Johnny Damon, former left fielder for the New York Yankees, asked for 2 years for $20 million to return to the Yankees when he became a free agent (or, according to some reports, he asked for 3 years and $30 million). The Yankees countered with 2 years and $14 million, and once rebuffed, lowered that offer even more significantly.
Once the Yankees’ offers were rebuffed, the Yankees made trades to replace Damon with talent that was younger, but not necessarily less expensive. Whether the Yankees would have made the moves regardless of Damon’s negotiations is unknown; what is known is that Damon may have misjudged the market for his services.
For those of us outside of baseball, the same approach may cause disastrous results. If you want to stay with your company, despite a pay cut, refusing to settle for a fair amount may result in the offer being pulled completely. Certainly, there are other ways to approach the situation.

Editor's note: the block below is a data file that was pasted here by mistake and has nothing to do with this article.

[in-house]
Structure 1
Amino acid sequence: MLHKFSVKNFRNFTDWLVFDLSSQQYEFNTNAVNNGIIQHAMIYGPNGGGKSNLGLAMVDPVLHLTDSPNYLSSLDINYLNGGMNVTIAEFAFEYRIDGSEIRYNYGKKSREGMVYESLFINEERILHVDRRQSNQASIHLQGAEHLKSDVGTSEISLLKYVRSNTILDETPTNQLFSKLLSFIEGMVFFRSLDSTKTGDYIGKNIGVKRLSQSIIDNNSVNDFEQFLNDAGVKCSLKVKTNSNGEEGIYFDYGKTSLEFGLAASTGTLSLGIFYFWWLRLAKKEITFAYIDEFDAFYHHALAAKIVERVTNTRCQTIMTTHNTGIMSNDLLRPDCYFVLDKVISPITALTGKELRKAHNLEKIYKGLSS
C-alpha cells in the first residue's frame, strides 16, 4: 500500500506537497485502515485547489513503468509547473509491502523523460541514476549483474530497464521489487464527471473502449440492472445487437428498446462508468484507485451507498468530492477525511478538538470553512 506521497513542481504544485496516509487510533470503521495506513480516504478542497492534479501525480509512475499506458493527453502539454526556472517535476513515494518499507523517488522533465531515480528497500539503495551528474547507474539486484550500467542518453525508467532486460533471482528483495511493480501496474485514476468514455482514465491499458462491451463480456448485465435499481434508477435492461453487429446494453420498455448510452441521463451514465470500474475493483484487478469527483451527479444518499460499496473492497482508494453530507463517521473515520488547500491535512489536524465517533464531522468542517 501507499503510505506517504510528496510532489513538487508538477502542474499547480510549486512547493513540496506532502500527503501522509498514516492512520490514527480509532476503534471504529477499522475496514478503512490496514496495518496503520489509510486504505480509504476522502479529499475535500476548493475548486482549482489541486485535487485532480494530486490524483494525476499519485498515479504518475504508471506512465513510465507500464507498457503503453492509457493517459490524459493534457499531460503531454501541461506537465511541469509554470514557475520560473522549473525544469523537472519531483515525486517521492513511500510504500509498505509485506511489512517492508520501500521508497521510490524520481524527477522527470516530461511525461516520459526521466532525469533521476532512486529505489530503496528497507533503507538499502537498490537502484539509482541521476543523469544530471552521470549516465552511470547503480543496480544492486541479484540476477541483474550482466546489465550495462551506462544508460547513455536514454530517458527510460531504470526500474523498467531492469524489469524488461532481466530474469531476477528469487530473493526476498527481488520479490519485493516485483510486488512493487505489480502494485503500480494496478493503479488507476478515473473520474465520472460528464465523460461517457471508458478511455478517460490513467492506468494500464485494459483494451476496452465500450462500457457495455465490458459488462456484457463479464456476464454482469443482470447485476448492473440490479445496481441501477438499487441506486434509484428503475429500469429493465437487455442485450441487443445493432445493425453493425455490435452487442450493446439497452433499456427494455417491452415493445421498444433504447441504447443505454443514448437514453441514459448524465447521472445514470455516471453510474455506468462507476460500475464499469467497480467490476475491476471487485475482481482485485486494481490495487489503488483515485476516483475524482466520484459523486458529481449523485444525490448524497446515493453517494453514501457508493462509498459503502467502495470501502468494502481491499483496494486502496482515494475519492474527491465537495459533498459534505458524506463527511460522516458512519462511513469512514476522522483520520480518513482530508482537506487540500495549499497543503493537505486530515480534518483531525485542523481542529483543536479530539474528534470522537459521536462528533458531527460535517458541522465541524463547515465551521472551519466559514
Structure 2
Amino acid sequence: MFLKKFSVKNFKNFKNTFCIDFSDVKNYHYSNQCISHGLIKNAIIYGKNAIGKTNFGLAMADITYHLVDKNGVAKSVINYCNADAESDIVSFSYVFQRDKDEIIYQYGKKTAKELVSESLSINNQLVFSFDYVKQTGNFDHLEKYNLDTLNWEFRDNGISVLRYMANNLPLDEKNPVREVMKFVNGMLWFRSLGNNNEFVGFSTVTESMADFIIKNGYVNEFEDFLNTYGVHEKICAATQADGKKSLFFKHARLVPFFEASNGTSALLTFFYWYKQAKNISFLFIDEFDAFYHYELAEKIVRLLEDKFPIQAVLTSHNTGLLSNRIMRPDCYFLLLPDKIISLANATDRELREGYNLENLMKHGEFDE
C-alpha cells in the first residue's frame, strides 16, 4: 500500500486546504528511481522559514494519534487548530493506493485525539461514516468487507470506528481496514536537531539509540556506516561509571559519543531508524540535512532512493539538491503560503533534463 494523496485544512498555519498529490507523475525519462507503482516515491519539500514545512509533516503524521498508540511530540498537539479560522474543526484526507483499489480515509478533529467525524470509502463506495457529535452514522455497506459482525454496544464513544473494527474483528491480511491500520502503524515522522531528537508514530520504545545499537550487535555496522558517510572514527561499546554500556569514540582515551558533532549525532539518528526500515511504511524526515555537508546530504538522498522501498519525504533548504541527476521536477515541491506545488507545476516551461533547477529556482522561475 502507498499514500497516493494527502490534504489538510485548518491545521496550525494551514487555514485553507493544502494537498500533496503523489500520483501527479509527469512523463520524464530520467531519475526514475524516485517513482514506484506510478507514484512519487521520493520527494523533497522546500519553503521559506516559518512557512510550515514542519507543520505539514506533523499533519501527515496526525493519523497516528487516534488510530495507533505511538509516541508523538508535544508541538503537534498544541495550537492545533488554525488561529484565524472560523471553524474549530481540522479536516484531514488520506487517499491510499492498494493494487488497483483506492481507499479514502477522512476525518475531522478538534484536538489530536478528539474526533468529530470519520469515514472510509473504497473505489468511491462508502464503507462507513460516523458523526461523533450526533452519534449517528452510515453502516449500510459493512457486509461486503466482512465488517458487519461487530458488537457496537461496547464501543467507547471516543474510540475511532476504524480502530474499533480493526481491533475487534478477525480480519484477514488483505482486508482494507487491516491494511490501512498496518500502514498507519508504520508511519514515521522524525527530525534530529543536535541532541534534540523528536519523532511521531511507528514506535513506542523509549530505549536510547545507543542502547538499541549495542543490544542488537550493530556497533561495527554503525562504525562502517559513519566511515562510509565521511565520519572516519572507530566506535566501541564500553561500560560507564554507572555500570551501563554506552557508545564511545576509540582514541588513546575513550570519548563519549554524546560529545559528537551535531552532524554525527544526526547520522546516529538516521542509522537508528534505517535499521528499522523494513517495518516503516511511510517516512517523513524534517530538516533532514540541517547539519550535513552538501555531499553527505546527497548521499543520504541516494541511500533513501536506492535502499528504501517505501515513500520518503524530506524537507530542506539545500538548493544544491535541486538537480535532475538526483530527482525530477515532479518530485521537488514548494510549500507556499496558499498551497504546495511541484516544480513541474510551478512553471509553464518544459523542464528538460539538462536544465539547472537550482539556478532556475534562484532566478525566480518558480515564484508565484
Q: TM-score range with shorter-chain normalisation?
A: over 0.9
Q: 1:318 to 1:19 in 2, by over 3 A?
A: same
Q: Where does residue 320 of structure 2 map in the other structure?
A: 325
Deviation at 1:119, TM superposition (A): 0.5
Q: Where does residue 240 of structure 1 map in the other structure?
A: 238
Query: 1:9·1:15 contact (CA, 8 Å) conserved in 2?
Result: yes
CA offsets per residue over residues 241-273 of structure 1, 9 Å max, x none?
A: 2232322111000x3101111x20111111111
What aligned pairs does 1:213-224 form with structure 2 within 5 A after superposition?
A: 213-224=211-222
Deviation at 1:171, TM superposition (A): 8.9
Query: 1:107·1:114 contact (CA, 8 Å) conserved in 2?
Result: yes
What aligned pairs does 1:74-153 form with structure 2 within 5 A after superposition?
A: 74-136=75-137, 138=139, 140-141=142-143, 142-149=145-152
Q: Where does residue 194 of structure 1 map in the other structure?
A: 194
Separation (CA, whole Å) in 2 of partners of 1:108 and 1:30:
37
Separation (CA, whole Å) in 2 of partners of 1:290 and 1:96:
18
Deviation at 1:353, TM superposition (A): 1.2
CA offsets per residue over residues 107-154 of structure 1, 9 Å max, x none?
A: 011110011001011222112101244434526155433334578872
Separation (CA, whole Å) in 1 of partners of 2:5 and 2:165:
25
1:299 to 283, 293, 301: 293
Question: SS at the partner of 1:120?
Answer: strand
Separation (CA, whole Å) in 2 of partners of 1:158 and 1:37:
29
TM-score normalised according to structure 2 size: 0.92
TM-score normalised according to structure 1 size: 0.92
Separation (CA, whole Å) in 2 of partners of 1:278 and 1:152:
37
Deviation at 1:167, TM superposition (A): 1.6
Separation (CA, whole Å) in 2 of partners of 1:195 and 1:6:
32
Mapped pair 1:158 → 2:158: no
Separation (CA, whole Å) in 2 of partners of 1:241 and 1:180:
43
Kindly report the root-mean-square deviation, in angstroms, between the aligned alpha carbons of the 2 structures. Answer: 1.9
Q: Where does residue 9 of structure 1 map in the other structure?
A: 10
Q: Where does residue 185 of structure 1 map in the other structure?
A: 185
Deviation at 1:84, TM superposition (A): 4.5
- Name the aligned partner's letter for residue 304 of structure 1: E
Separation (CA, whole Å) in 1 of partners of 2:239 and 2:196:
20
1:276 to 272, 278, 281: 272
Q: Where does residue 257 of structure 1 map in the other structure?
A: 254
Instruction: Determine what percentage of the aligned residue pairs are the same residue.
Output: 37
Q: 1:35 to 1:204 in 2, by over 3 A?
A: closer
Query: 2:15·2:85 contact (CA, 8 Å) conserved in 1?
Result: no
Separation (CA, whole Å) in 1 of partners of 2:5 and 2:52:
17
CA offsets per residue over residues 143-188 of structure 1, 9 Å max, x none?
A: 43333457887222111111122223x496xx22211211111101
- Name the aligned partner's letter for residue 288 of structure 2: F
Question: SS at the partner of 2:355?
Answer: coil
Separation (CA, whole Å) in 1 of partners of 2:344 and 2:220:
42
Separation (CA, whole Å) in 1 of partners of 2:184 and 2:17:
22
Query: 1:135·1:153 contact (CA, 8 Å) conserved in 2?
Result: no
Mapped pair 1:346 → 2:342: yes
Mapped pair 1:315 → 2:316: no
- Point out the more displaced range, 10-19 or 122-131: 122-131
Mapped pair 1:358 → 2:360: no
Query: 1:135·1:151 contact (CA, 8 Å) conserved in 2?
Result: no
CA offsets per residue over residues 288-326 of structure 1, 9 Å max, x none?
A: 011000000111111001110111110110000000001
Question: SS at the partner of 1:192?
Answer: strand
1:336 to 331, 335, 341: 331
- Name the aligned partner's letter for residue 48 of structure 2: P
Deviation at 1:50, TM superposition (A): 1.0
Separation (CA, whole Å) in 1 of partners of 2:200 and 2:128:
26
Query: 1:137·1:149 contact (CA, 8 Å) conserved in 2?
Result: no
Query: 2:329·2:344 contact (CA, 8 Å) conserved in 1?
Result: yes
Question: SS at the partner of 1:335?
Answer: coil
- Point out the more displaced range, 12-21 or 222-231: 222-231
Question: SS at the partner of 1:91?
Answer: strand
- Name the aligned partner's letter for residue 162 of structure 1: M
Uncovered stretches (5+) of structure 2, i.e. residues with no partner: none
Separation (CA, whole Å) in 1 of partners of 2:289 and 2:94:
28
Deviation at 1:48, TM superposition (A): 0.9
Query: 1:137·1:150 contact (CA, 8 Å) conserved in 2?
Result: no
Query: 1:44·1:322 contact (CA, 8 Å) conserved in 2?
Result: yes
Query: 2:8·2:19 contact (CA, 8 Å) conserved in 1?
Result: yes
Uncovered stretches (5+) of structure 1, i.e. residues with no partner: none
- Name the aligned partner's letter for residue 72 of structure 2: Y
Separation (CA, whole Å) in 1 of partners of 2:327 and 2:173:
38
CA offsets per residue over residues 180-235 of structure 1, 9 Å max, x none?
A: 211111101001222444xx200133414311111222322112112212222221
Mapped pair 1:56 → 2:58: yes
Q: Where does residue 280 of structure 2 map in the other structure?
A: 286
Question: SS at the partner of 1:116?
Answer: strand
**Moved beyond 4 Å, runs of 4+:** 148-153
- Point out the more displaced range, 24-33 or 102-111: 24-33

Andy Pettitte took a more effective approach that rewarded him handsomely. He waited until before Spring Training 2009 before signing an incentive-laden deal for the 2009 season. This deal ended up paying almost exactly what he made the year before. After 2009, he was rewarded with a guaranteed contract for 2010 for nearly the same amount he made with the incentive-based contract.
A good approach for situations where you may be facing a pay cut like Damon is to take the approach Pettitte did – look at ways you can earn incentives if your base pay has been cut (through sales goals, additional contributions to the company, etc). Looking outside of your organization may result in seeing a market that is not there, or alienate your employer alltogether.